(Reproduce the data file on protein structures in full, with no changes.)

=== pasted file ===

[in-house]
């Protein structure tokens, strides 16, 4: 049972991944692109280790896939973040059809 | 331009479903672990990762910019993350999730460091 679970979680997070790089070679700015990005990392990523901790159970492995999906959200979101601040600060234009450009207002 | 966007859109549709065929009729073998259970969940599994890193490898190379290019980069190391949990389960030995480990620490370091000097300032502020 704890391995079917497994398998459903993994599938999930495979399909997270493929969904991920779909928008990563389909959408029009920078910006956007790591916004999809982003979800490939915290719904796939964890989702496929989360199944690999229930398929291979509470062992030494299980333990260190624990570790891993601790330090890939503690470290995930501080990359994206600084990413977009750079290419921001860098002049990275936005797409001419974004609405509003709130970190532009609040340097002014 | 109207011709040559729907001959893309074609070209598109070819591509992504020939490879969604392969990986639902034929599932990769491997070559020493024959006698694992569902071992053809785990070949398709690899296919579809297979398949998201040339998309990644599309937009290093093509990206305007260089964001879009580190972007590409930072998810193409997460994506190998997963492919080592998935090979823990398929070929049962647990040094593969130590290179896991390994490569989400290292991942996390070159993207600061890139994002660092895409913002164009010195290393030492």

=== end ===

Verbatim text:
[in-house]
């Protein structure tokens, strides 16, 4: 049972991944692109280790896939973040059809 | 331009479903672990990762910019993350999730460091 679970979680997070790089070679700015990005990392990523901790159970492995999906959200979101601040600060234009450009207002 | 966007859109549709065929009729073998259970969940599994890193490898190379290019980069190391949990389960030995480990620490370091000097300032502020 704890391995079917497994398998459903993994599938999930495979399909997270493929969904991920779909928008990563389909959408029009920078910006956007790591916004999809982003979800490939915290719904796939964890989702496929989360199944690999229930398929291979509470062992030494299980333990260190624990570790891993601790330090890939503690470290995930501080990359994206600084990413977009750079290419921001860098002049990275936005797409001419974004609405509003709130970190532009609040340097002014 | 109207011709040559729907001959893309074609070209598109070819591509992504020939490879969604392969990986639902034929599932990769491997070559020493024959006698694992569902071992053809785990070949398709690899296919579809297979398949998201040339998309990644599309937009290093093509990206305007260089964001879009580190972007590409930072998810193409997460994506190998997963492919080592998935090979823990398929070929049962647990040094593969130590290179896991390994490569989400290292991942996390070159993207600061890139994002660092895409913002164009010195290393030492």